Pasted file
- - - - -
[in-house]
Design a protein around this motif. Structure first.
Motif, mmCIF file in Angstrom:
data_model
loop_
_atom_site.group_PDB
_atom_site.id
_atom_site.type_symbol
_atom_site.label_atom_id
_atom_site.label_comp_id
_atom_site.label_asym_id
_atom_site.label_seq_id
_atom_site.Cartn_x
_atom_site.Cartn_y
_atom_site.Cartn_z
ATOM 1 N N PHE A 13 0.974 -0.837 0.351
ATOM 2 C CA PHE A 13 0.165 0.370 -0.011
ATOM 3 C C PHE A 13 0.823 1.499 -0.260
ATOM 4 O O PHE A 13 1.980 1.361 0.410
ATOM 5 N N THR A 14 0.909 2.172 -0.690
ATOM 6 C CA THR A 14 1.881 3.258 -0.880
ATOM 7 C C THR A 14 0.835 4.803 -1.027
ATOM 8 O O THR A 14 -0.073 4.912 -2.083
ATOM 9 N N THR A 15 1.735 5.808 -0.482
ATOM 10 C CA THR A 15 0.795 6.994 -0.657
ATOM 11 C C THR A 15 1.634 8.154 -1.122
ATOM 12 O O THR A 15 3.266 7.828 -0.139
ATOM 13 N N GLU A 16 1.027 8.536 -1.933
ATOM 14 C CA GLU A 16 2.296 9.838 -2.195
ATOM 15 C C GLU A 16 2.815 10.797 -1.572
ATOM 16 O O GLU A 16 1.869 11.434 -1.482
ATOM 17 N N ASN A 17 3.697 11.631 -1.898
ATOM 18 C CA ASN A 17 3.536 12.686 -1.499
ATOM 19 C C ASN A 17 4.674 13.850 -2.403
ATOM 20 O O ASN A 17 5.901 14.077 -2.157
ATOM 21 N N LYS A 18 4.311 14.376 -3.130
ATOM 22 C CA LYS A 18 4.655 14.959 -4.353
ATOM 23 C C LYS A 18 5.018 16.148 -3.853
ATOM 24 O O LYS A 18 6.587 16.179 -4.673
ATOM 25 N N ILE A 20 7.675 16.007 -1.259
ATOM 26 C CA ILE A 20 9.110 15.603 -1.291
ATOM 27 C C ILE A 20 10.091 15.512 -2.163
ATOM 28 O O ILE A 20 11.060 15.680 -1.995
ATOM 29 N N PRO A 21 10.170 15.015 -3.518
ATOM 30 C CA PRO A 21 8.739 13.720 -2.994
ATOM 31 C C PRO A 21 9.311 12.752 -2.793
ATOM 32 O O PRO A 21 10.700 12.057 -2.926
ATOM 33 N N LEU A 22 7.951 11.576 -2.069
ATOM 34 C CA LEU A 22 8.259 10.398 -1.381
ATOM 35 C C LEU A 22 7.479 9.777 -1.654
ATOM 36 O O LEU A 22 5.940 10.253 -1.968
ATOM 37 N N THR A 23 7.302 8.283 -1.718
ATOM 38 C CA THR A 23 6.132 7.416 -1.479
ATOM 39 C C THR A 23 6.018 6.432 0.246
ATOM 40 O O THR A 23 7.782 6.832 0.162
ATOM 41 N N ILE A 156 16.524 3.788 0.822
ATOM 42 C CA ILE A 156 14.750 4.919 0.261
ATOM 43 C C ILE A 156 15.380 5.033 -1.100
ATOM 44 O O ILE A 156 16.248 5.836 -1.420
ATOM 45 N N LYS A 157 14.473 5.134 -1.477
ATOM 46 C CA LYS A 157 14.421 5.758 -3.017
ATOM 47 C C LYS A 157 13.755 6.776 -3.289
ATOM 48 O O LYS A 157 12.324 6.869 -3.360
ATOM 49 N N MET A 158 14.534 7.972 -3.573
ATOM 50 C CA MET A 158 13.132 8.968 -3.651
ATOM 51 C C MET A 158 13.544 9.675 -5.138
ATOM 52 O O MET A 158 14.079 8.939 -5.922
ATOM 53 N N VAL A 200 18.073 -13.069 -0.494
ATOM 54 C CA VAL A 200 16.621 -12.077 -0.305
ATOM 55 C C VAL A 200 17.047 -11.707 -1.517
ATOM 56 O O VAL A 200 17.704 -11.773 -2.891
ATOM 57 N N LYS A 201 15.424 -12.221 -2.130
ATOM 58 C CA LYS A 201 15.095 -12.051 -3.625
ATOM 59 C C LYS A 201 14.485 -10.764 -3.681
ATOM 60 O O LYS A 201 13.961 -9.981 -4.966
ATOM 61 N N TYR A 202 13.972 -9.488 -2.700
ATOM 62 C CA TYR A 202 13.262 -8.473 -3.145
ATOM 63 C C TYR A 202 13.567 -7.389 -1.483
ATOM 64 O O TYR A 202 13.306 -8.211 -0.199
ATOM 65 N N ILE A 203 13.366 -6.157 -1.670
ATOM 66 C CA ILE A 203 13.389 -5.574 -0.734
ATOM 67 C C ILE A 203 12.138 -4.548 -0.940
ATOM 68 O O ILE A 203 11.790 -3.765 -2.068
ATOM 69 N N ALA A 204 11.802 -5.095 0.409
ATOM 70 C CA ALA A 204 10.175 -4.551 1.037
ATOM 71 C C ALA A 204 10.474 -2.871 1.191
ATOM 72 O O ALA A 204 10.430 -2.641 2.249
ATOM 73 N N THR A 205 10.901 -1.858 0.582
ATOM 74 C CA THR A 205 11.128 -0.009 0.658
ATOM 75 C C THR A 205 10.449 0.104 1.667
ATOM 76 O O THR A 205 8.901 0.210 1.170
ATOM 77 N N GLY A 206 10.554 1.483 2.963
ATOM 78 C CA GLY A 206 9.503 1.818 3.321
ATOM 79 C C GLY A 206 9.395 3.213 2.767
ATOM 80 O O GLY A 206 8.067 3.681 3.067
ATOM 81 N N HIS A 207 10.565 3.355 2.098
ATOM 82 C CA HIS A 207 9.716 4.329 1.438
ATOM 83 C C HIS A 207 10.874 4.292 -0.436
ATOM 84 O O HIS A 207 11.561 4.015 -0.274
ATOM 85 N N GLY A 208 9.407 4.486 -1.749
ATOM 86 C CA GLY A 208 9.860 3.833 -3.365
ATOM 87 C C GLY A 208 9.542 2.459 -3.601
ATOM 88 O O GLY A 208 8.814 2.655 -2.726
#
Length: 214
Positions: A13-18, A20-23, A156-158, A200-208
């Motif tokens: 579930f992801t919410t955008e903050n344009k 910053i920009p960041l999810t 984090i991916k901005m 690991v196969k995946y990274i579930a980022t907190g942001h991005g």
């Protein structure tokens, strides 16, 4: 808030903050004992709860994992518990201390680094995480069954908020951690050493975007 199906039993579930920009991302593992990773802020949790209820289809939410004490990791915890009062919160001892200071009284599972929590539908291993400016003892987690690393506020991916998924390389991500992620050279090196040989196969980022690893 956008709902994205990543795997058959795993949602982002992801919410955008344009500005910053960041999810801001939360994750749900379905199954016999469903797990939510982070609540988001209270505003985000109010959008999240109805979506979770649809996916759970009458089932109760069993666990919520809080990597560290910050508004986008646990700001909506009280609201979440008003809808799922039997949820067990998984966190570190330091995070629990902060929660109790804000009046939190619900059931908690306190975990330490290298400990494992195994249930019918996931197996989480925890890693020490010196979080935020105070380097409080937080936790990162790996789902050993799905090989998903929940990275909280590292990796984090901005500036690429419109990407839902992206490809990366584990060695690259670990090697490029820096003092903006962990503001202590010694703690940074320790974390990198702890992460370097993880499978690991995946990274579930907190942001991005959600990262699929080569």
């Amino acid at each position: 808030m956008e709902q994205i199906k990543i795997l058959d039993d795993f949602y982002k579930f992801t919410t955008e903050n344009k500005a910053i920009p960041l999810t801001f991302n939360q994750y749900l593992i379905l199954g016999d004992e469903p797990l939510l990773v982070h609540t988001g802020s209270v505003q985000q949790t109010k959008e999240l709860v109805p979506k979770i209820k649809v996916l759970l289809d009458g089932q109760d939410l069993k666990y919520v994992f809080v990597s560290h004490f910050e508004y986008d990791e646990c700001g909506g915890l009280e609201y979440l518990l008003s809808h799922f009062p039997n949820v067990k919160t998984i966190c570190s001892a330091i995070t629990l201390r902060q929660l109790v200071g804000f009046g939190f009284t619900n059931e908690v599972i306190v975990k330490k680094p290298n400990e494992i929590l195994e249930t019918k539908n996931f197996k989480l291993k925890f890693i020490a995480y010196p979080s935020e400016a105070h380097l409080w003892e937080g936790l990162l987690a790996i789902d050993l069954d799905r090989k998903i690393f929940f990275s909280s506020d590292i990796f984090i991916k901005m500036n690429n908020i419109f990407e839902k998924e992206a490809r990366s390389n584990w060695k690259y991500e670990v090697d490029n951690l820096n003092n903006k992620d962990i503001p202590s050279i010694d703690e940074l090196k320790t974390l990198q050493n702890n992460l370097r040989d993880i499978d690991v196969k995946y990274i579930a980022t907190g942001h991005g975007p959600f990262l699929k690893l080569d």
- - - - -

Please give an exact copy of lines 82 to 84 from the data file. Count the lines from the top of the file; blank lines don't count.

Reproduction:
ATOM 67 C C ILE A 203 12.138 -4.548 -0.940
ATOM 68 O O ILE A 203 11.790 -3.765 -2.068
ATOM 69 N N ALA A 204 11.802 -5.095 0.409